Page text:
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“The plaintiff must not set up in his reply a new cause of action which is not raised either on the writ or in the statement of claim, since the plaintiff must not in his reply make any allegation of fact, or raise any new ground of claim inconsistent with his statement of claim. Inconsistent for this purpose does not mean ‘mutually exclusive’ but merely new or different. In other words the reply must not contradict or “depart” from the statement of claim, or it will be ground for an application to strike out the reply in which the defect occurs. For example, if a plaintiff claims rent on his writ, he cannot claim the same sum in his reply as damages for unlawfully “holding over”. Or, if the statement of claim alleges merely a negligent breach of trust, the reply must not assert that such breach of trust was fraudulent. So again, if the statement of claim alleges undue influence exercised on the deceased by the defendant, the reply must not allege that in the alternative it was exercised by the deceased’s husband. Such inconsistent claims should be pleaded, if at all, alternatively in the statement of claim; and the plaintiff may amend or apply to amend his statement of claim in order to plead such allegations or claims in the alternative. Although the plaintiff is not allowed to make a “departure” in his reply, yet he may “new assign.” A new assignment was a pleading in the nature of a special reply, which explained the declaration in such a manner as to point out the real or supposed mistake of the defendant, and to show that the defence pleaded was either wholly inapplicable to the causes of action replied upon by the plaintiff, or was applicable only to a part of them. Such a reply is very seldom necessary under the present system of pleading owing to the greater particularity now required in a statement of claim; but it is still sometimes used. As a rule, however, if there be any mistake or possible ambiguity as to the precise nature or extent of the acts complained of or of the right which the defendant relies on as justifying those acts, the pleadings already served should be amended or further particulars ordered.”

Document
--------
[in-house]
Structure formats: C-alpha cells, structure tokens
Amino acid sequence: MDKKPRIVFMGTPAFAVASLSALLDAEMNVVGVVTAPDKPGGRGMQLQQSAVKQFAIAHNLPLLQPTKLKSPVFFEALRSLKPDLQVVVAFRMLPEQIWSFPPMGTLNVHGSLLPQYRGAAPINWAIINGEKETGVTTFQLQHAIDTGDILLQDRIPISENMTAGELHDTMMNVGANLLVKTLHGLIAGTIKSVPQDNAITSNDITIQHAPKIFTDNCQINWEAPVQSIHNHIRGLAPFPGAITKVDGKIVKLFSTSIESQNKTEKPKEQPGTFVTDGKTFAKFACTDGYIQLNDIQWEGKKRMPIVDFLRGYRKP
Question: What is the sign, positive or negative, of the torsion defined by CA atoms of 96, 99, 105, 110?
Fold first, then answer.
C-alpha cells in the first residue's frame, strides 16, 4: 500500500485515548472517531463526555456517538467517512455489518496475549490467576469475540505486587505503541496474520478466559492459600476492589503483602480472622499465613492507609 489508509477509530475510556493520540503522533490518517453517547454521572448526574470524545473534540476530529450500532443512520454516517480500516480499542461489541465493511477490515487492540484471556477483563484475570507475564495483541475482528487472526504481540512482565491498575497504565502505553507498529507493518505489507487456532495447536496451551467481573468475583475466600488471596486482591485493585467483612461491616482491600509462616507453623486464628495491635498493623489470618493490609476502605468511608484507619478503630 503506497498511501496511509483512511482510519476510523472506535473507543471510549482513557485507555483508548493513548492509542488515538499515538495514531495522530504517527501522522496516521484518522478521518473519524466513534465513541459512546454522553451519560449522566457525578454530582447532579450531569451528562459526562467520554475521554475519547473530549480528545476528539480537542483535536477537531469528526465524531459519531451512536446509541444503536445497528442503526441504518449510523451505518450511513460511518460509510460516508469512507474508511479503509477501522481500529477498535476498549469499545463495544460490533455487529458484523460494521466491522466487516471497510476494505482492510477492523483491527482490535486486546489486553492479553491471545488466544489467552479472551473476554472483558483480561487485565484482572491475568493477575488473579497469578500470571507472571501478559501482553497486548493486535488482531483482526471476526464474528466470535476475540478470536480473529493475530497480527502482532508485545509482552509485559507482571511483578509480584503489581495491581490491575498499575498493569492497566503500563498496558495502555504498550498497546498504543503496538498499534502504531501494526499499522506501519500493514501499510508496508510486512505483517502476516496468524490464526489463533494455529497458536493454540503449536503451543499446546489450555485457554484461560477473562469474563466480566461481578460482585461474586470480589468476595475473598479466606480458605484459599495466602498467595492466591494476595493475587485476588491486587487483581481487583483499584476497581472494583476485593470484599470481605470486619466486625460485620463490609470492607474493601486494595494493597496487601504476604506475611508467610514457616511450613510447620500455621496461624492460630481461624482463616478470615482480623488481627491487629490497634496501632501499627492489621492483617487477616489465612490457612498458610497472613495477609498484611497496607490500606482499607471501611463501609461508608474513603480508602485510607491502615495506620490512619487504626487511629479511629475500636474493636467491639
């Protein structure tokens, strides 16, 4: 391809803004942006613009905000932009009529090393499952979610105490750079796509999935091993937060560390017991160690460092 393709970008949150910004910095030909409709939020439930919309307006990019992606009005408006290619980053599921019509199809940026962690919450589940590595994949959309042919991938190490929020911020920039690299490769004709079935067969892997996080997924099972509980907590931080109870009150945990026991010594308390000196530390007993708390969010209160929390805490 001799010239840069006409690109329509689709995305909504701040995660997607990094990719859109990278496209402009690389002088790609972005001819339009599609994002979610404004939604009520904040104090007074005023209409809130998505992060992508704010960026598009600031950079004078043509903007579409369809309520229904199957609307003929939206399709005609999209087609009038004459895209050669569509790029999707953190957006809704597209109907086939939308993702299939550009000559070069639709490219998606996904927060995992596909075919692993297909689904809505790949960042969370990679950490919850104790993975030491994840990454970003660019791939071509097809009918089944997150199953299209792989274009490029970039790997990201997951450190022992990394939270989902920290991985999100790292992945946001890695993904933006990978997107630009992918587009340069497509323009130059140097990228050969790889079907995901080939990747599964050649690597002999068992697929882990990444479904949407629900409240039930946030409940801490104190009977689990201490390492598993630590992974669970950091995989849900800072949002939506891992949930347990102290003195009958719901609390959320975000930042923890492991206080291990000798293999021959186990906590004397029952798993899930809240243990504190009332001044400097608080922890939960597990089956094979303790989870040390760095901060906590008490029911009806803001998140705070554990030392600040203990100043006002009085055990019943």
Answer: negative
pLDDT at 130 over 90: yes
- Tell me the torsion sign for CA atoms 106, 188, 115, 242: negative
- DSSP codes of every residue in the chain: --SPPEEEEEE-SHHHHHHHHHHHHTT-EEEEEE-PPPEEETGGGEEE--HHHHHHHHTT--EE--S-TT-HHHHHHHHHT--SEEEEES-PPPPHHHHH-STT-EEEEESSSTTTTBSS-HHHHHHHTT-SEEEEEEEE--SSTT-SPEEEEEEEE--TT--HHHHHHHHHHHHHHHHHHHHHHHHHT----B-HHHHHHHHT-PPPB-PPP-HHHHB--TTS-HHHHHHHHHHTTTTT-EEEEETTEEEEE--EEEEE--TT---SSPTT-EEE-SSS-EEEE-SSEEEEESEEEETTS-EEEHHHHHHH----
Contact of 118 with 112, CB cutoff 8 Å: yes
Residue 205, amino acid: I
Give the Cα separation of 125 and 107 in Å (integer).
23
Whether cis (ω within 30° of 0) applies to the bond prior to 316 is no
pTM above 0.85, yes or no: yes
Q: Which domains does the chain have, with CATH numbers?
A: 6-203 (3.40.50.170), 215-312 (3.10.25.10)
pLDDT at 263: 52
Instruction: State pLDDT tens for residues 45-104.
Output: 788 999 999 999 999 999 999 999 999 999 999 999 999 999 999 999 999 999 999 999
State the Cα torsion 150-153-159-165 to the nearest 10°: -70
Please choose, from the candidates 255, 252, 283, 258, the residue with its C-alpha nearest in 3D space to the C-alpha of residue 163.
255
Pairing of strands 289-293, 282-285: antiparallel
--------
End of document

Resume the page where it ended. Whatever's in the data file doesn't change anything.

See also Herbert V. Vaughan, [1972] 3 ALL E.R. 122; [1972] 1 W.L.R. 1128; Renton Gibbs & Co. V. Neville [1900] 2 Q.B. 181